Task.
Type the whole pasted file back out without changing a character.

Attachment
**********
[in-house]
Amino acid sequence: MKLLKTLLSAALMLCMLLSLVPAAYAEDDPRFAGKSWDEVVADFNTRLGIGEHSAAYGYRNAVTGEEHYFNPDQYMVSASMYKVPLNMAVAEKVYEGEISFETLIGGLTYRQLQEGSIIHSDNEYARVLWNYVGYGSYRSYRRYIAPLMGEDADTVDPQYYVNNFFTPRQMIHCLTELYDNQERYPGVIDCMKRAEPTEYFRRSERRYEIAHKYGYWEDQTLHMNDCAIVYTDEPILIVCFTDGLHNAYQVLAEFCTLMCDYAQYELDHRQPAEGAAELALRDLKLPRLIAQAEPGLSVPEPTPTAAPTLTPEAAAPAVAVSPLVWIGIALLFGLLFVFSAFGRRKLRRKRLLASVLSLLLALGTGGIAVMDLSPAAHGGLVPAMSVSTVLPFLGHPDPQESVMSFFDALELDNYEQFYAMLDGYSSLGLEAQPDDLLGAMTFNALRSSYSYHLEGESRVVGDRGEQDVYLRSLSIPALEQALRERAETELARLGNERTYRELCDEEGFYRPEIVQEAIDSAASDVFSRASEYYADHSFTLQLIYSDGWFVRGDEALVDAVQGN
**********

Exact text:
[in-house]
Amino acid sequence: MKLLKTLLSAALMLCMLLSLVPAAYAEDDPRFAGKSWDEVVADFNTRLGIGEHSAAYGYRNAVTGEEHYFNPDQYMVSASMYKVPLNMAVAEKVYEGEISFETLIGGLTYRQLQEGSIIHSDNEYARVLWNYVGYGSYRSYRRYIAPLMGEDADTVDPQYYVNNFFTPRQMIHCLTELYDNQERYPGVIDCMKRAEPTEYFRRSERRYEIAHKYGYWEDQTLHMNDCAIVYTDEPILIVCFTDGLHNAYQVLAEFCTLMCDYAQYELDHRQPAEGAAELALRDLKLPRLIAQAEPGLSVPEPTPTAAPTLTPEAAAPAVAVSPLVWIGIALLFGLLFVFSAFGRRKLRRKRLLASVLSLLLALGTGGIAVMDLSPAAHGGLVPAMSVSTVLPFLGHPDPQESVMSFFDALELDNYEQFYAMLDGYSSLGLEAQPDDLLGAMTFNALRSSYSYHLEGESRVVGDRGEQDVYLRSLSIPALEQALRERAETELARLGNERTYRELCDEEGFYRPEIVQEAIDSAASDVFSRASEYYADHSFTLQLIYSDGWFVRGDEALVDAVQGN